Lamaydhura is one of the tinniest hamlets on the route to Sandakphu and located at an altitude of 8,792ft between Chitre and Meghma. Only a handful of Tibetan families live here and survive mostly on earnings made by selling snacks out of their shacks and offering low budget beds &áfood to trekkers. 
The legend says that the name of the place originated from a Lama (a Buddhist monk) who once lived here and applied pitch (known locally as dhura) as a coating to his hut. 
The road or the trek route here passes along the border of India and Nepal. One side of the road (where stalls are located) is part of Nepal while the other side is part of India. In fact the stalls here have boards proudly displaying 'Welcome to Nepal'. 
There is however no restriction or visa requirements. It's a gravel (boulder) road here which continues all the way up. 
A Tibetan lady Chockey runs a small tea stall here. Other than tea, biscuits, packaged snack items &áwater, she can offer noodles (like Magi), eggs etc just in case you like to have a simple lunch.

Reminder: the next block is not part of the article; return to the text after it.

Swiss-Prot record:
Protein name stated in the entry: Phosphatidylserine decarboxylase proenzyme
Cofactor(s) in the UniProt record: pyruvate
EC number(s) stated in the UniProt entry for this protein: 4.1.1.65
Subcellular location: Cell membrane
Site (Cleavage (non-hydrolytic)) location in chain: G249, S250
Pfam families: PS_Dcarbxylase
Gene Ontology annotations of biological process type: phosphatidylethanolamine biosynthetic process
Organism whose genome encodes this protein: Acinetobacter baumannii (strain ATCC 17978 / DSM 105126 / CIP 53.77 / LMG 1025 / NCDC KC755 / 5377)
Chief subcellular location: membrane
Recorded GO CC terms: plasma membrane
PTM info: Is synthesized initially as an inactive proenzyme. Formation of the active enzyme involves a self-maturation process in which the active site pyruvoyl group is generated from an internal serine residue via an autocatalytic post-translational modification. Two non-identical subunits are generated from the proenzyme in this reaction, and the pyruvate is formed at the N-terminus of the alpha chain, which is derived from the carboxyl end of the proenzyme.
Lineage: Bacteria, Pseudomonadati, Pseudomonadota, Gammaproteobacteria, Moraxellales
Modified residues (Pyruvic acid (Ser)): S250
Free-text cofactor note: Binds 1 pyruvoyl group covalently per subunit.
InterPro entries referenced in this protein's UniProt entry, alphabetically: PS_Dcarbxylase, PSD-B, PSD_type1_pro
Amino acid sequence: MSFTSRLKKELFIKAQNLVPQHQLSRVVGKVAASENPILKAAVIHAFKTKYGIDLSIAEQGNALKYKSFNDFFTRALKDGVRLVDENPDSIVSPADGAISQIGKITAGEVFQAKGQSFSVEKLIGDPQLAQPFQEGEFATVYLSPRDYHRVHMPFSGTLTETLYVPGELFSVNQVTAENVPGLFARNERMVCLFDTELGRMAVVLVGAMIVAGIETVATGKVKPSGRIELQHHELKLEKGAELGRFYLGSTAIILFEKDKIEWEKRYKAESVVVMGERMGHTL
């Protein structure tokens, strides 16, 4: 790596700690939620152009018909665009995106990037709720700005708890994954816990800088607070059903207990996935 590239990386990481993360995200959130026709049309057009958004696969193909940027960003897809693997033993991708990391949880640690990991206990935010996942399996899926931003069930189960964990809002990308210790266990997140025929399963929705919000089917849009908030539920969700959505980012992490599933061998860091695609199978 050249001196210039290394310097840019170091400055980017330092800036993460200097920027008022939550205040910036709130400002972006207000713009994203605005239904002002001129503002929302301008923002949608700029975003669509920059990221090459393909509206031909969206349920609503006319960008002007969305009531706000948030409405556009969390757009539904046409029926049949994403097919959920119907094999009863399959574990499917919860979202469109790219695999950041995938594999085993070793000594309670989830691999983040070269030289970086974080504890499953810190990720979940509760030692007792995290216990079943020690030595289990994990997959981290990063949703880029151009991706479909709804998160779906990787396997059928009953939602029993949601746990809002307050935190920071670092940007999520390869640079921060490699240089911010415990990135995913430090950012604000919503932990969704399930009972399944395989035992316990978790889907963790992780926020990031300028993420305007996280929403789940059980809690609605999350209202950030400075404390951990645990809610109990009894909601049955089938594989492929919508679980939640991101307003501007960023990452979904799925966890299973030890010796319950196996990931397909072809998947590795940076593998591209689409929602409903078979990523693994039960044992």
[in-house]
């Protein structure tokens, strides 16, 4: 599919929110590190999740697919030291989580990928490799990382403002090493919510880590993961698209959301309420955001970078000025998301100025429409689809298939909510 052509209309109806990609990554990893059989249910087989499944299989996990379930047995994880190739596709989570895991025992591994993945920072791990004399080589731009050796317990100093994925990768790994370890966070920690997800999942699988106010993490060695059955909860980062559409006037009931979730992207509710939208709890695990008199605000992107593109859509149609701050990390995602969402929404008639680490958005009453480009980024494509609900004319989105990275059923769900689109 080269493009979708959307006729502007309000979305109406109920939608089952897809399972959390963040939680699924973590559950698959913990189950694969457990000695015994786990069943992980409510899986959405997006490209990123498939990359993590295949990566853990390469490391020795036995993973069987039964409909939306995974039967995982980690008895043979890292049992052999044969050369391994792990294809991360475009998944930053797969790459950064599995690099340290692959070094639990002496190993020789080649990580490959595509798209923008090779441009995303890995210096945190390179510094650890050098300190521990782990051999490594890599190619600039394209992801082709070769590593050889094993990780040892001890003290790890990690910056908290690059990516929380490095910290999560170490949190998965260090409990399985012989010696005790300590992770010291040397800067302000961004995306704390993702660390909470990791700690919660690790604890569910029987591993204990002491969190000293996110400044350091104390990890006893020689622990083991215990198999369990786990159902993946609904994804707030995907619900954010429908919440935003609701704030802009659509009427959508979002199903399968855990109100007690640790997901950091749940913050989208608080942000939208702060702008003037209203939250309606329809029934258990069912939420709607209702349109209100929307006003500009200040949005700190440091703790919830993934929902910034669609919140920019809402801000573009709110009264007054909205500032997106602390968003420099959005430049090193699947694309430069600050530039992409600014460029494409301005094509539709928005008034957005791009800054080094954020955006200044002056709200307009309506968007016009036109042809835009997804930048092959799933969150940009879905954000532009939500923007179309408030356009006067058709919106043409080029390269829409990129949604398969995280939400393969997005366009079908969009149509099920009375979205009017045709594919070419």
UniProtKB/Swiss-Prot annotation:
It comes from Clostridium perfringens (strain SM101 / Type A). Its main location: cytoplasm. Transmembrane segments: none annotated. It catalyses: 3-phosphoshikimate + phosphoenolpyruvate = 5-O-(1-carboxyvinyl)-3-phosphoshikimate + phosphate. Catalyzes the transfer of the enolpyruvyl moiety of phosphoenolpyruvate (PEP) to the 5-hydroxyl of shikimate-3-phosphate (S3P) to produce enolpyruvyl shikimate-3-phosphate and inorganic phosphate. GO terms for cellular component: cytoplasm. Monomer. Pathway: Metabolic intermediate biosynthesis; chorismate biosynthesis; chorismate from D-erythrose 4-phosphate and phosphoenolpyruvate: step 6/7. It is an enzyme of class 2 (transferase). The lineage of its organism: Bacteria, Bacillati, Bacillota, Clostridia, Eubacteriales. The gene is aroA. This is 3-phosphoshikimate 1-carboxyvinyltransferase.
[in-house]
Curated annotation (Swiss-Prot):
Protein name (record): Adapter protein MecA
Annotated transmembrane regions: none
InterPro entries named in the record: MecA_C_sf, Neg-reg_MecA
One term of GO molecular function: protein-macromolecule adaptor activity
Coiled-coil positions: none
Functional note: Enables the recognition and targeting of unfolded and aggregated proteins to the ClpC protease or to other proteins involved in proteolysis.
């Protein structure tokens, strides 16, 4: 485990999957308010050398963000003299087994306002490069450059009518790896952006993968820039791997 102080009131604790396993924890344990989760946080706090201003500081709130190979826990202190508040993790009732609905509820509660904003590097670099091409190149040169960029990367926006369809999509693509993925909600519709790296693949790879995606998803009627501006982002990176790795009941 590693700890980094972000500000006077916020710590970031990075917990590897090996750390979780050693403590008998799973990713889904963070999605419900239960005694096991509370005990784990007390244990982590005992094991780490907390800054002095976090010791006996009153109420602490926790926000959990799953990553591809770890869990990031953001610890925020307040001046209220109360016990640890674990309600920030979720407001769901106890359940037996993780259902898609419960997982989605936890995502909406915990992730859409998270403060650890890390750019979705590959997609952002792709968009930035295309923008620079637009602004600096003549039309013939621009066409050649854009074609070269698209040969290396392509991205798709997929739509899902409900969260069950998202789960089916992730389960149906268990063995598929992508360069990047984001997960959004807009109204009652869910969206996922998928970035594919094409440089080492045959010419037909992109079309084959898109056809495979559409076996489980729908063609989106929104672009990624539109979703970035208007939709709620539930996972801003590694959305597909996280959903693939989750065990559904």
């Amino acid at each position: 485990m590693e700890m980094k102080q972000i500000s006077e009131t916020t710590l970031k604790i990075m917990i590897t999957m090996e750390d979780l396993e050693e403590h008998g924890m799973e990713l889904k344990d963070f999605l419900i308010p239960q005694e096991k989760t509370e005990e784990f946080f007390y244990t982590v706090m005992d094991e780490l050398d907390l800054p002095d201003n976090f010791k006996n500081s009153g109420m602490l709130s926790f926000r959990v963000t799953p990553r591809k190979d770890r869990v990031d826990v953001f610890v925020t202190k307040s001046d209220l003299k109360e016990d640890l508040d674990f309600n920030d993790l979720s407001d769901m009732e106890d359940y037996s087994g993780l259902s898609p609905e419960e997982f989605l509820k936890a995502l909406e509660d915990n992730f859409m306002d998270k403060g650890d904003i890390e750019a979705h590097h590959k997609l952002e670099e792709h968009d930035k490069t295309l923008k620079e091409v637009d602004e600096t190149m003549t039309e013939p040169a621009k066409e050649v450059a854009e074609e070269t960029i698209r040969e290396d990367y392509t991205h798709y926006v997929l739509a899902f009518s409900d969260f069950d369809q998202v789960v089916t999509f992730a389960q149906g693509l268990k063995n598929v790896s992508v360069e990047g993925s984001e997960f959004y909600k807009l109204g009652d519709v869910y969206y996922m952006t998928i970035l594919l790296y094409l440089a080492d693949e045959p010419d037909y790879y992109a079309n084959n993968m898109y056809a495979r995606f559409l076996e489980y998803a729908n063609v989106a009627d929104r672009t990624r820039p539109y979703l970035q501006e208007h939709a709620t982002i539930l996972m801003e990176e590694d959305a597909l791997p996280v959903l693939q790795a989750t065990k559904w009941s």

Recently I saw her stall stocked with alcoholic beverages like beer and even rum. 
Chockey at her stall, Lamaydhura 
I wondered who would drink that on a trek route such as this? There are hardly any settlement here and trekkers won't certainly touch that. 
When I saw a large group of young Nepalis entering her stall and ordering for beer, I realized that locals from other places including Manebhanjan actually keep pouring in and keep such beverages in demand. 
Surprisingly, all kinds of alcohol, homemade made beer locally known as Thongba, and Roxy (an intoxicating drink made from flowers called Guras) are abundantly available almost at all places along the route. None of course have any license, so on some days when there is a raid, you may see them all clean. 
Once I asked Chokey how such small hamlets located miles away from civilization actually survive? She mentioned that in most cases one or more family members actually go and settle down at the plains, and earn to support the families who live in the bare mountains here. 
Sherpa Stall, Lamaydhura 
Chockey shack has an extension with three beds for trekkers. A makeshift toilet is located outside. Another trekkers' hut with beds have come up right next to her stall. The beds are available for Rs. 100 to 150 per day. Electricity is available here. But Indian mobile networks won't work. 
Trekkers beds in Chockey's hut, Lamaydhura 

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